So, we have 1 million square meters per square kilometer. And we have 0.7W more output per decade per square meter. Meaning we have (0.7 1000 1000 * *) 700 kW more output per square kilometer per decade. Note that this is about the same as 700 US households. Or to use a more interesting reference, about 35 Goreholds.

Now, take that 0.7 MW of power increase per square kilometer, and multiply it by the 255 million square kilometers illuminated by the sun. We end up with (0.7 1000000 255 1000000 * * *) about 1.8 million Mega Watts of additional power; this is actually 1.8 Tera Watts of power, a rather rarely used prefix for a REALLY BIG NUMBER. For those in the Pacific Northwest, this is about 285 Grand Coulee Dams (with the dam doing 6300 MW peak output). That's a LOT of extra power.

And of course, that increase has happened for the last three decades, meaning that what we're receiving now is about 5.4 Tera Watts more power than we received in the late 1970s. Suddenly that little 0.05% change doesn't seem so innocuous, does it?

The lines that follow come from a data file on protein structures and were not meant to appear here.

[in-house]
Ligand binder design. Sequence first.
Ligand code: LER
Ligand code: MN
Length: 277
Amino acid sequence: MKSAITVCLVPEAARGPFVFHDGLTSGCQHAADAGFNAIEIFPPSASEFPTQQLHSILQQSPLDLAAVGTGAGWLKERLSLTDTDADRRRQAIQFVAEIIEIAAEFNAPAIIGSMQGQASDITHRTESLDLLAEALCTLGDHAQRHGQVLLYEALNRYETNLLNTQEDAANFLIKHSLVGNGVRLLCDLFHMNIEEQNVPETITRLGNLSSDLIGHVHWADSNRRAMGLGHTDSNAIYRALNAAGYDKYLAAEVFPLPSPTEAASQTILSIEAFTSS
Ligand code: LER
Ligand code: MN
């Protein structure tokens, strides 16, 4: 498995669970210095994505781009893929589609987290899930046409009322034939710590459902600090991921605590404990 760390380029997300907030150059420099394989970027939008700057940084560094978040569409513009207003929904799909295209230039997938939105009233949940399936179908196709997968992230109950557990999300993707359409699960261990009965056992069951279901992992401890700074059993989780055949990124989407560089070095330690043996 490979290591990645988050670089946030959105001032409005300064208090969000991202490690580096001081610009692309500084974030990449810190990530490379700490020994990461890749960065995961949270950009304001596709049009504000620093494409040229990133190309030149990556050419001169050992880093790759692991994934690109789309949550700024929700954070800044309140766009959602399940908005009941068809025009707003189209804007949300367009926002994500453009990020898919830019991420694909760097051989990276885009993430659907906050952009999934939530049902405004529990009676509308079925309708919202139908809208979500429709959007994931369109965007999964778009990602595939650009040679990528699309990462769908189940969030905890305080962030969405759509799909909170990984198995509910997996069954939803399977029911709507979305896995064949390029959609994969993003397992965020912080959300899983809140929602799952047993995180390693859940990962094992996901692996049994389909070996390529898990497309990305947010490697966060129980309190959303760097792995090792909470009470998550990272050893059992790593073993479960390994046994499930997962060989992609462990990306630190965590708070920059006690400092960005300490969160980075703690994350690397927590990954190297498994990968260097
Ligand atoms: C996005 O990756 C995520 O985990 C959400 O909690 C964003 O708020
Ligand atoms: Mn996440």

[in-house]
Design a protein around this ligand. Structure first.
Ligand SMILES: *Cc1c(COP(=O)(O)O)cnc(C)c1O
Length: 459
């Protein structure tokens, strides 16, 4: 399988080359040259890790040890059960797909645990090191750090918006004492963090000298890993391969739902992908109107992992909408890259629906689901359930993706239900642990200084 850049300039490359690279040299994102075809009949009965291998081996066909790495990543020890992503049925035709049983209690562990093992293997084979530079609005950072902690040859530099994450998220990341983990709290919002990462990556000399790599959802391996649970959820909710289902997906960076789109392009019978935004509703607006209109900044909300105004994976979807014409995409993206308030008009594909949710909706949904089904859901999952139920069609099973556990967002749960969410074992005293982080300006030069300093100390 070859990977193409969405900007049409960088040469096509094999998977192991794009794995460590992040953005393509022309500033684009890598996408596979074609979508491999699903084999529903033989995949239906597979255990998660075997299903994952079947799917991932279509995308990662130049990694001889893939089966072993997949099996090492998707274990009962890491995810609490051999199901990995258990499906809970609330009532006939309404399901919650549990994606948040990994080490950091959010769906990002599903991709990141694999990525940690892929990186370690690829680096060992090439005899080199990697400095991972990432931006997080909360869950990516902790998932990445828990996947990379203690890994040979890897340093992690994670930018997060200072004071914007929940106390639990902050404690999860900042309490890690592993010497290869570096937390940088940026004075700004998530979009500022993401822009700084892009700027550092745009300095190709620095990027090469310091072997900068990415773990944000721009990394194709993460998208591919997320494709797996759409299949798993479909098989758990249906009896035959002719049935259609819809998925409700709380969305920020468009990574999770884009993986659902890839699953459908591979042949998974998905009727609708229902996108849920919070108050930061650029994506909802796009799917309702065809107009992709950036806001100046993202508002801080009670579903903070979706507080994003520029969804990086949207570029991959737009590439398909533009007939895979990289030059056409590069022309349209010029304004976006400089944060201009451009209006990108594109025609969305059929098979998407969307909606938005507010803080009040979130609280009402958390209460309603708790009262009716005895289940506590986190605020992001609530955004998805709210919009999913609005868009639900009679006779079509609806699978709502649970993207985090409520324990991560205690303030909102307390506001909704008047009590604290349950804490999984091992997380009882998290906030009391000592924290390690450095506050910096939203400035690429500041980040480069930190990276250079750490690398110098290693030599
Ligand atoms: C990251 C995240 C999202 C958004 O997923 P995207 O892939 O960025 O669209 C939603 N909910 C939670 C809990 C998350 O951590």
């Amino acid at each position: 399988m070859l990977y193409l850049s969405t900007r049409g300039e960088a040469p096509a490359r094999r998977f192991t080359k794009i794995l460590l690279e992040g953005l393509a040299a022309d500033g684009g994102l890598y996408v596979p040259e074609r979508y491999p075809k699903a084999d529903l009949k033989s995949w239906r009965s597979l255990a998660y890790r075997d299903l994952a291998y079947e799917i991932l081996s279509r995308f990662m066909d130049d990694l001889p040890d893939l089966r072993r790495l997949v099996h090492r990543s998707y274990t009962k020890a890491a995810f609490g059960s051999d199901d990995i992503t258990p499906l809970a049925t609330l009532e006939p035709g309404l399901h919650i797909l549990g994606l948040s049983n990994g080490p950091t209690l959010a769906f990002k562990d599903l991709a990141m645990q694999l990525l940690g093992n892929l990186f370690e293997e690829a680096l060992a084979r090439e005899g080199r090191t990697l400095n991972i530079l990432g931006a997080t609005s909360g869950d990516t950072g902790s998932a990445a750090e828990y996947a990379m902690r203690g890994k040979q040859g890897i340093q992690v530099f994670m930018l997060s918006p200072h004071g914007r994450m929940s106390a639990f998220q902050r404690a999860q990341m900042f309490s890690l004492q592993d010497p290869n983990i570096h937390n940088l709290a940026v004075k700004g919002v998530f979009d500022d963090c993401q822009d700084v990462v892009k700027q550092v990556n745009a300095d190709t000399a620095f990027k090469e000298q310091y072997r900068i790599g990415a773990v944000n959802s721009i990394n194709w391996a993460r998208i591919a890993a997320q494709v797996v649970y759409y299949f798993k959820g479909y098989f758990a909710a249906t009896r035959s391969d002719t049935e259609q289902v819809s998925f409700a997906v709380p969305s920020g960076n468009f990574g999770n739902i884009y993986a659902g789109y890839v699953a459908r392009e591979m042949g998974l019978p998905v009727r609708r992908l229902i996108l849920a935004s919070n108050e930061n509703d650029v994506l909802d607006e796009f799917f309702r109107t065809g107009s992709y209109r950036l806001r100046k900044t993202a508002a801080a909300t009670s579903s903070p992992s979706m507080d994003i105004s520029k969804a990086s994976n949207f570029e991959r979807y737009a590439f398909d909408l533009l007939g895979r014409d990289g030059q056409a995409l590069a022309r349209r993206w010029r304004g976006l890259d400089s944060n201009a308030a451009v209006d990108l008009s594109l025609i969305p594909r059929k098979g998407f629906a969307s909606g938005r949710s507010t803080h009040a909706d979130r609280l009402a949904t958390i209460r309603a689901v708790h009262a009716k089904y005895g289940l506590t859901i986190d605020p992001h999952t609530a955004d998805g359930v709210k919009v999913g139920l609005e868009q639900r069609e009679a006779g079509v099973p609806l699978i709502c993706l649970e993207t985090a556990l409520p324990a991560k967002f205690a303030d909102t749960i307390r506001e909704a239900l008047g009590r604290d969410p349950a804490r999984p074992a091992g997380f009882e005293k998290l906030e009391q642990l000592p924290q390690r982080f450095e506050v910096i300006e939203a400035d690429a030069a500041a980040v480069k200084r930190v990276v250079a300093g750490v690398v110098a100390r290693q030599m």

But how does that shape up compared to what the Evil Homo sapiens do? Surely we're a LOT worse! I mean, 5.4 TW is a lot of power, so how do we rate? Well, apparently not as good... Even with 6 billion of us doing our thing, we only consumed an average of 1.7 TW of power in 2001, meaning we're about 30% of what the Sun puts out. Oh, and that's TOTAL ELECTRICAL USAGE of the WORLD.

So apparently the Sun's small increase just over the last three decades has more than TRIPLED the total power delivered to the Earth than the evil Mankind uses. And note that there was considerable electrical usage prior to 1975 as well, so our actual increase since 1975 is a LOT less than what the Sun's done.